During the discussions we’ve been having about nonprofit pay (see the 46 comments on this post), I’ve taken the position that employees should be compensated for the “impact” they have on an organization regardless of whether the organization is a nonprofit or a for-profit. I wrote about this last summer in the Financial Times and then again after the book Uncharitable put forth a similar argument. During that time, my core point has been that we should reverse the cultural expectation that nonprofits, donors, the public and the media have regarding nonprofit employees making less than for-profit employees.
In large measure this is a cultural expectation and not a legal requirement. This point was driven home when the IRS recently studied the compensation of top management at nonprofit hospital and found that the average salary of $490,000 was not excessive (under tax laws). They even took a closer look at a group of 20 hospitals were the average compensation for top officials was $1.4 million and found that in more than 85% of the cases, the pay packages were not excessive. But the IRS themselves drove home the cultural expectations of low pay when they said:
“Amounts reported appear high but also appear supported under current law,” the IRS said. “For some, there may be a disconnect between what, as members of the public, they might consider reasonable and what is permitted under the tax law.”
I point to this study not to lend my support to the pay packages at nonprofit hospitals, but to show that the lower pay in the nonprofit sector is mostly a cultural issue and not a legal one.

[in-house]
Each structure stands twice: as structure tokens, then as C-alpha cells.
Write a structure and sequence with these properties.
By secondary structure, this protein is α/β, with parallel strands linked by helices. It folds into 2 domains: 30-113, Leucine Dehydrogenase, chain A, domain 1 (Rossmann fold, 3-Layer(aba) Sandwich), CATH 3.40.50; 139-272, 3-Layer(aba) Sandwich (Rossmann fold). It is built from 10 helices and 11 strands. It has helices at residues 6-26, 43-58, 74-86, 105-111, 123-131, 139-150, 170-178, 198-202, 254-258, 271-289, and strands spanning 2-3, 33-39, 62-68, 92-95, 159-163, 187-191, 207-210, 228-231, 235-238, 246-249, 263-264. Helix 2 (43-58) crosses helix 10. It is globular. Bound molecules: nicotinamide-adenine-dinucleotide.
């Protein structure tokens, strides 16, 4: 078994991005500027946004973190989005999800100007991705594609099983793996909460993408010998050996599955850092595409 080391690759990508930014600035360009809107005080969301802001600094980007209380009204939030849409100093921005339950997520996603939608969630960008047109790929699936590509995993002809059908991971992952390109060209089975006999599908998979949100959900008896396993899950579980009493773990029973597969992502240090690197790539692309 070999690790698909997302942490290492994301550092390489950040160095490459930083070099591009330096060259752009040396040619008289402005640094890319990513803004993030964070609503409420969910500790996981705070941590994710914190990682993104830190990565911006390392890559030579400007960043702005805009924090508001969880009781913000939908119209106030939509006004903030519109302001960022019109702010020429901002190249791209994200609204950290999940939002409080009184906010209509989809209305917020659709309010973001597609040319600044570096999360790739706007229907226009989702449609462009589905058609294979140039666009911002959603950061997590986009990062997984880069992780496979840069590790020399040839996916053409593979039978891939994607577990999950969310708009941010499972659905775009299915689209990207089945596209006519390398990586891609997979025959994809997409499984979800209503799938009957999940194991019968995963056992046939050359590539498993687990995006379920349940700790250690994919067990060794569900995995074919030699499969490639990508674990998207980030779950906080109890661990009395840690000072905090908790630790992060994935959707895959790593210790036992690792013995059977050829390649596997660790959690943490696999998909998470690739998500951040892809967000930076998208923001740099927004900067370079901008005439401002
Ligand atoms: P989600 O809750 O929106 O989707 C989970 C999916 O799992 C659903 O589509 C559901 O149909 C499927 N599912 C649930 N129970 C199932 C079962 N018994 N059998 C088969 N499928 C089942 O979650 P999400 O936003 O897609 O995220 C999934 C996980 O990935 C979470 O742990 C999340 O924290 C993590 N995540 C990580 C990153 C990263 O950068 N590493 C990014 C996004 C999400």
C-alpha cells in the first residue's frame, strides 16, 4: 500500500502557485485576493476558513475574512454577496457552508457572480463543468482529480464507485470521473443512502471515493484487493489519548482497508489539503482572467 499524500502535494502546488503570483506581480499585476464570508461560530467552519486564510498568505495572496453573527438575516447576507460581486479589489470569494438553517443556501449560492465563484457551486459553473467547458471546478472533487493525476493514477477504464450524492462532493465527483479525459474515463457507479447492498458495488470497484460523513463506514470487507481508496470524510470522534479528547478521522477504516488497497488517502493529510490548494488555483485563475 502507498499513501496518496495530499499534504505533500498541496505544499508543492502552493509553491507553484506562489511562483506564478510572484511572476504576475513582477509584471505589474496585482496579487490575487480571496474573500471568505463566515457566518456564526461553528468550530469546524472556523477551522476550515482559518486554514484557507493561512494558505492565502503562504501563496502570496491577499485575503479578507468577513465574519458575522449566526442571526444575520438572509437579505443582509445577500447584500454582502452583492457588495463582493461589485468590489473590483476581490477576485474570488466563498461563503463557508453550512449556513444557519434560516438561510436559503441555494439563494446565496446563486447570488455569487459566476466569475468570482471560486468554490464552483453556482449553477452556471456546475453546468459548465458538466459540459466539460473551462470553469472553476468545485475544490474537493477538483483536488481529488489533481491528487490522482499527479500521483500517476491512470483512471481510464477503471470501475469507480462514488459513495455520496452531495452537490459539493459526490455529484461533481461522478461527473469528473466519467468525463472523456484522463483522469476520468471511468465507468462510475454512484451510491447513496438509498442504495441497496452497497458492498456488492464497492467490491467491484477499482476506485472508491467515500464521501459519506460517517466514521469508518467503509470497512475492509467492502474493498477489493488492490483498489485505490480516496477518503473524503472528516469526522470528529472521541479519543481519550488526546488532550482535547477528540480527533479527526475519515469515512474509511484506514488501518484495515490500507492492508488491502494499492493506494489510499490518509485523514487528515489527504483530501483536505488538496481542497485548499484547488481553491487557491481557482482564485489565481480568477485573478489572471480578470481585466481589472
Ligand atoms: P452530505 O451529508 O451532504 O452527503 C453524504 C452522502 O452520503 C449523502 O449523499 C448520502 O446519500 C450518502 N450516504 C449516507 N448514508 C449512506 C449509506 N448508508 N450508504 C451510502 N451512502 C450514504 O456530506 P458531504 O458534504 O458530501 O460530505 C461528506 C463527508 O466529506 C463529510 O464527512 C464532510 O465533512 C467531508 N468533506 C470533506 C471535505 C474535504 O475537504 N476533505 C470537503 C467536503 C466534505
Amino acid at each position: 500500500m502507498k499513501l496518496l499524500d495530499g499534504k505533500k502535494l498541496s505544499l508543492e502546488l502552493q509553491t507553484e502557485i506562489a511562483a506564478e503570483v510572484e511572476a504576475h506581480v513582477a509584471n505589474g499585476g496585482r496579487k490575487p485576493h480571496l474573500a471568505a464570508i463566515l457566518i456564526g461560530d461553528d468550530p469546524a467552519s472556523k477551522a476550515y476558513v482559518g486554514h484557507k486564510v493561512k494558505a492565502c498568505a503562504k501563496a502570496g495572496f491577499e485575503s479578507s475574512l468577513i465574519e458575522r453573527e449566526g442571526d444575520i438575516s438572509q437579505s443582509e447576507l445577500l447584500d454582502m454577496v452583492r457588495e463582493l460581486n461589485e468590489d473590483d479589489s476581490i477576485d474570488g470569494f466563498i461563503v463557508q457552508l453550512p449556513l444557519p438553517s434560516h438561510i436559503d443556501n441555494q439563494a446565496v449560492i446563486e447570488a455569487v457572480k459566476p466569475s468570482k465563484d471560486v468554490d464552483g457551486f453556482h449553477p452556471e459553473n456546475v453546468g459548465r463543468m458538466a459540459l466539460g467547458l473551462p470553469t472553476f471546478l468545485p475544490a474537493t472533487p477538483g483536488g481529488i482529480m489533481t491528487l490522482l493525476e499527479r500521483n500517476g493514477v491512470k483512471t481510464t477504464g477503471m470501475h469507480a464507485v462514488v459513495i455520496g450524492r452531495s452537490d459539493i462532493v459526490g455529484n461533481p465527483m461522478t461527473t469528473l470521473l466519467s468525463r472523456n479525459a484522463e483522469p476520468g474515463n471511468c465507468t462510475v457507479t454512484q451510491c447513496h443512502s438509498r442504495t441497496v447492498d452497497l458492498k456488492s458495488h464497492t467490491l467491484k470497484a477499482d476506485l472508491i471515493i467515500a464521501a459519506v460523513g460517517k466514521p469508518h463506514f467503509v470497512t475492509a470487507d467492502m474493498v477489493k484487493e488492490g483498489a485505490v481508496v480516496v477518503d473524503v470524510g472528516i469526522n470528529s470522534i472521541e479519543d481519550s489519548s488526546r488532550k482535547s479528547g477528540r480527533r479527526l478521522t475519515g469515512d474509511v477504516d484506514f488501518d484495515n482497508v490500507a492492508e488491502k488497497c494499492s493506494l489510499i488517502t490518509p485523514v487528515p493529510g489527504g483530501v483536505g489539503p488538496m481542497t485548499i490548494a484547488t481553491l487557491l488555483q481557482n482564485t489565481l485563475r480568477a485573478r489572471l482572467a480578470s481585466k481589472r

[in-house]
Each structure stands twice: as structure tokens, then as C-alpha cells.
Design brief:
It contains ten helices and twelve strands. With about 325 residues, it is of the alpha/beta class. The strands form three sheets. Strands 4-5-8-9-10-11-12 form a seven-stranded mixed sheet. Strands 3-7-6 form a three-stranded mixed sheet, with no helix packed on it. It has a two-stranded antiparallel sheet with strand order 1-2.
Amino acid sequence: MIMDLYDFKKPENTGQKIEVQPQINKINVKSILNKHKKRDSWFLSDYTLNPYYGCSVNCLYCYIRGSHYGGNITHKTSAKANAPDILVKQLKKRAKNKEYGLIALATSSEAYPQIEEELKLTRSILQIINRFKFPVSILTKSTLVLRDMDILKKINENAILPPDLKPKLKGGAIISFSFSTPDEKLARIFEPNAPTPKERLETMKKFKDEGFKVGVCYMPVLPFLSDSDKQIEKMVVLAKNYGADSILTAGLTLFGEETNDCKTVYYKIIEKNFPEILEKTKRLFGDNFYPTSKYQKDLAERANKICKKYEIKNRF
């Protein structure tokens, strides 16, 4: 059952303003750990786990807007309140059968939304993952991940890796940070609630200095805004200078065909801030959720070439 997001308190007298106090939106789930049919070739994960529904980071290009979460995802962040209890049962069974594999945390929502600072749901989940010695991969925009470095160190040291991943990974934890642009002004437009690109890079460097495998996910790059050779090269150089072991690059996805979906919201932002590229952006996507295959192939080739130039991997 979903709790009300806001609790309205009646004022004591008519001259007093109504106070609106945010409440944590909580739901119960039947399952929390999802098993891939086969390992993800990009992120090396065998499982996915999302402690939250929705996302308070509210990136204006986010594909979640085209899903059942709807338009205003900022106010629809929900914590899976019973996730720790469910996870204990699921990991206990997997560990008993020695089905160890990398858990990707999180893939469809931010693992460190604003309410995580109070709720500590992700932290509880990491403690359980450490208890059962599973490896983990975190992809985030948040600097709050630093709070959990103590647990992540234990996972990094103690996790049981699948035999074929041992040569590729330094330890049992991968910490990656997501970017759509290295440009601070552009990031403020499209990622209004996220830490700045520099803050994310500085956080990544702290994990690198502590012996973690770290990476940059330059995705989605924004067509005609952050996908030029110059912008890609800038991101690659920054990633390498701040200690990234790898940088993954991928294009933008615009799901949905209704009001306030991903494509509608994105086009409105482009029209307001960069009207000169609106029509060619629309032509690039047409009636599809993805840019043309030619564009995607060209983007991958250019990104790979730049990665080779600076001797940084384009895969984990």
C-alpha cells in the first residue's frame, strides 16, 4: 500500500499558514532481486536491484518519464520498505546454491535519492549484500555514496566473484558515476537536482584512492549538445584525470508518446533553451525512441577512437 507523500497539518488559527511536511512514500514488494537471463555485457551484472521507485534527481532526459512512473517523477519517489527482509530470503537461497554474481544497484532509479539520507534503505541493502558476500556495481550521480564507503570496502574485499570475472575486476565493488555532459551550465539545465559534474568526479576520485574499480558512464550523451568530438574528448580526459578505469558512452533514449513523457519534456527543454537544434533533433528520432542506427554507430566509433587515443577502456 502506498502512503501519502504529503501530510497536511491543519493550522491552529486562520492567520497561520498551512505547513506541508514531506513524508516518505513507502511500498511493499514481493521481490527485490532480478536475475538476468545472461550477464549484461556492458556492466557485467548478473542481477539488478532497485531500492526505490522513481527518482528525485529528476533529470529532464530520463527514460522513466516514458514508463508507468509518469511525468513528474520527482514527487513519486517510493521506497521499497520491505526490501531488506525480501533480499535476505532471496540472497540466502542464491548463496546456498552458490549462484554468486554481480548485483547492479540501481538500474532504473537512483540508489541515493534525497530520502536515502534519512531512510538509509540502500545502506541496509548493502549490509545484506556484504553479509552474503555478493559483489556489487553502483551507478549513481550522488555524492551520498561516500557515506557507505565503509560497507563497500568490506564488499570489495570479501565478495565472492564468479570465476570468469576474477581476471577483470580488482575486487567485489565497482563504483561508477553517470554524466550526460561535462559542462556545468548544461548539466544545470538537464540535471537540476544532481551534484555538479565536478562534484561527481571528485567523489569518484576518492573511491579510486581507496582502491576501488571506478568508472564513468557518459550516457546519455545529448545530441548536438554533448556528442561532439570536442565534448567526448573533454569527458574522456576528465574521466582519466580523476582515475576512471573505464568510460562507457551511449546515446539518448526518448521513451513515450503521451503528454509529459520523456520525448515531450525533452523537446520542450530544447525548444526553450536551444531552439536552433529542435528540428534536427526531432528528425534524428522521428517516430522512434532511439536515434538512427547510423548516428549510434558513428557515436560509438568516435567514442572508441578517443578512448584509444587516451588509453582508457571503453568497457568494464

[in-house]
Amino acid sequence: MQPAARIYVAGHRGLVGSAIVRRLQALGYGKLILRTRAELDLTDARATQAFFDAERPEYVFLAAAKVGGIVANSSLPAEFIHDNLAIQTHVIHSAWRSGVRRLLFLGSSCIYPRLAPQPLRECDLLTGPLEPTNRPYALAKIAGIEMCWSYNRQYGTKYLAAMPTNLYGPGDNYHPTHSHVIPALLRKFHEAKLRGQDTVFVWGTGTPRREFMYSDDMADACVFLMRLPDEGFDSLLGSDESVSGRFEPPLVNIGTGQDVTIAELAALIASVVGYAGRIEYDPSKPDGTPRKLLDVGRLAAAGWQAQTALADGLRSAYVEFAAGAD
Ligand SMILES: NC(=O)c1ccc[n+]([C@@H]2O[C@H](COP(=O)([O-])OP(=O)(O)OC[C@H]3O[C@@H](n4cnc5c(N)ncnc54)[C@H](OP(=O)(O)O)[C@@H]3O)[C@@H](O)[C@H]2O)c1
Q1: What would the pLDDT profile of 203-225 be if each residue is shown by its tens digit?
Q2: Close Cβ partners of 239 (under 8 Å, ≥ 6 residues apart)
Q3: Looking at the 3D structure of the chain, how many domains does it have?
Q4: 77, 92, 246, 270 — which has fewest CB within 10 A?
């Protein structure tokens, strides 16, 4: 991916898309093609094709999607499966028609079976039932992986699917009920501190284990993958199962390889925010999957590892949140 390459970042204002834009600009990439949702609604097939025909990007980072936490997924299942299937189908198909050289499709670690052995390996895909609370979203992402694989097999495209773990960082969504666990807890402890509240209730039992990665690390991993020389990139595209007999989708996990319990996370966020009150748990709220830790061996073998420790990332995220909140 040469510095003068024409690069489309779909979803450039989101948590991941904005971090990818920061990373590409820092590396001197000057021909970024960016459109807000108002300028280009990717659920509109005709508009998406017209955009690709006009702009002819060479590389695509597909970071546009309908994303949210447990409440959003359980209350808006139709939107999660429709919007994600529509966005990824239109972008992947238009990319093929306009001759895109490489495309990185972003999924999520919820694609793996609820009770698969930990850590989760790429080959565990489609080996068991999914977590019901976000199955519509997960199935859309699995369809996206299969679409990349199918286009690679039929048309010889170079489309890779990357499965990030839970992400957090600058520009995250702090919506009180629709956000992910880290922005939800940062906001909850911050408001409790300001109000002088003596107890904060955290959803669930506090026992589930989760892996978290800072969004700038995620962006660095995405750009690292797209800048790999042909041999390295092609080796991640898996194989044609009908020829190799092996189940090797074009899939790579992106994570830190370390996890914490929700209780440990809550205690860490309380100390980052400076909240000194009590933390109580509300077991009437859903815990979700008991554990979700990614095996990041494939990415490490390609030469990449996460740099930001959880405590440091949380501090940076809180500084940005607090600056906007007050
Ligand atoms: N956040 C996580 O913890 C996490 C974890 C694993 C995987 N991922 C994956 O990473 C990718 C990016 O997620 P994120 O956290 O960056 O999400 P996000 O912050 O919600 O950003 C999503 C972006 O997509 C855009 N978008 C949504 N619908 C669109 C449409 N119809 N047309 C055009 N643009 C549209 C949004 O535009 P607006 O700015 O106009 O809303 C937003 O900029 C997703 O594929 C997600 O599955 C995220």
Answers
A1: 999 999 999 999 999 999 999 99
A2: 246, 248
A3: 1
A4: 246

So one more time: I think nonprofits should pay employees at the rate that maximizes the organizations’ impact. Most all studies show that paying well is one key component of attracting top talent and so I think that donors should be supportive of nonprofits paying well in pursuit of high impact employees.
Now, most of the resistance to my posts on this topic has come from current nonprofit employees.This mostly stems from their feeling that I’m suggesting that the current pay rates imply that current nonprofit employees are not “high impact employees”. That’s just wrong. There are lots of great nonprofit employees. I’m talking about maximizing impact, not dissing the nonprofit sector.
To break the grip that cultural expectations have on us, let’s debate instead whether public school teachers should be paid better. That is not a criticism of teachers, it is statement in support of the importance of teachers! Studies (such as those profiled in the recent Malcolm Gladwell book Outliers – or read a great New Yorker article Gladwell wrote on the topic – as well as cited by Bill Gates in his recent open letter) suggest that the most important determinant in student success is the quality of their teacher, not the quality of the school they attend.
It seems to me to be irrefutable that paying teachers better would help attract more highly talented individuals to the career. That doesn’t mean there are not already lots of great teachers (there are!), but we could still use more and the studies suggest that improving the overall talent pool of teachers is the single most important way we can transform our education system into high impact preparation for our children.
(Yes, I know about the politically delicate discussions currently being held on the topic of merit pay for teachers. But that debate is entirely focused on how to determine which teachers deserve better pay. Everyone in the debate agrees that top teachers should be paid well.)
So my question for readers is: If you have disagreed with me on the issue of better pay in the nonprofit sector, why do teachers but not nonprofit employees deserve better pay? Or alternately, why should we not pay teachers better?